The Nikon D4 is one fast camera and sports photographers will enjoy using it as it quickly locks on to the subject. The 51 point AF system does a good job in assisting photographers to get the necessary accuracy in shots. Moving on to the image quality, we noticed that in outdoor shots, the quality of the picture processed by the camera is really good. The colours render accurately across the display as well as on a PC. There was a lot of detail in the images captured and skin tones appeared accurate.
In indoor or low-light photography, the camera really comes to the fore and produces stellar quality images in almost all light settings. One can easily capture images at an ISO range of 6400 without fearing that the image will be unusable. The Nikon D4 can capture great macro images and one will notice a nice depth of field as well.
ISO sensitivity test
ISO Sensitivity Test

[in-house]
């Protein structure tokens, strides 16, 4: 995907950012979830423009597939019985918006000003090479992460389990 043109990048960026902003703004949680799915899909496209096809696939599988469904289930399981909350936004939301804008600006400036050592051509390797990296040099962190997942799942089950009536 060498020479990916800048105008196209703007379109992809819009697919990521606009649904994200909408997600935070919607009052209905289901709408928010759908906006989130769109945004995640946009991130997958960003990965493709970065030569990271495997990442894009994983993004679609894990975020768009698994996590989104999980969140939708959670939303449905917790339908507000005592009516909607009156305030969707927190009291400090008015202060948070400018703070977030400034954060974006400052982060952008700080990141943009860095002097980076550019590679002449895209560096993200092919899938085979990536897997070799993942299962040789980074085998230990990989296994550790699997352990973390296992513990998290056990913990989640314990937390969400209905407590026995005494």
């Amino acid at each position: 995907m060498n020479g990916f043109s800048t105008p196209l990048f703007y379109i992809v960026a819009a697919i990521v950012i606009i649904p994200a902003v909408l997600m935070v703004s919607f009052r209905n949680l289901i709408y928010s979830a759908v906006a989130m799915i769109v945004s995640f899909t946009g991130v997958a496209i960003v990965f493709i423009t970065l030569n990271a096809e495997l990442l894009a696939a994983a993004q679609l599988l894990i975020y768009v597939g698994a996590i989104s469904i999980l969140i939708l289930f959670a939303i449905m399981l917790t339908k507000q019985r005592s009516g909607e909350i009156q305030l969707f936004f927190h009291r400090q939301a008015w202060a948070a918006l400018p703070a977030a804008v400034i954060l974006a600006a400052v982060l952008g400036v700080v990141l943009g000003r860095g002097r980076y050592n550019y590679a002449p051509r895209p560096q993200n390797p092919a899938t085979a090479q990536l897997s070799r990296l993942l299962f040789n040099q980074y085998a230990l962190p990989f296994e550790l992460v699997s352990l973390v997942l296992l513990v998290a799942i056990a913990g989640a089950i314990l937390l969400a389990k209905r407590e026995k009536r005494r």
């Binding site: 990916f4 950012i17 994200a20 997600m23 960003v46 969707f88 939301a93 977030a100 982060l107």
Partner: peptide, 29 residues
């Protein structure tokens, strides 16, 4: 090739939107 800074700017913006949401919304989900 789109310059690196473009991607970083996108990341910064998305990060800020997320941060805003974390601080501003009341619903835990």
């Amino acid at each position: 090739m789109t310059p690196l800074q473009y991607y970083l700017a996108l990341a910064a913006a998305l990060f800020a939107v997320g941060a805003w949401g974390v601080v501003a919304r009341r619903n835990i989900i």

The native ISO range on this camera is from ISO 100 to ISO 12800. From the image you can see that the camera provides a lot of detail without any image noise in most sensitivities. The image grain can hardly be made out even at a high ISO of 8000. At ISO 12800, though there is image noise, there is no major loss of detail in the objects captured.
With video being one of the key features of the camera, Nikon have truly delivered, when it comes to offering impressive video quality. The Nikon D4 records really great video at Full HD 1080p at a frame rate of 30fps. Through the settings, one can also fine tune the video as well, with Nikon offering the ability to adjust the shutter and aperture as well. Nikon have not held back any punches and added a large battery here as well giving users the ability to capture a maximum of 2,600 shots on a single charge.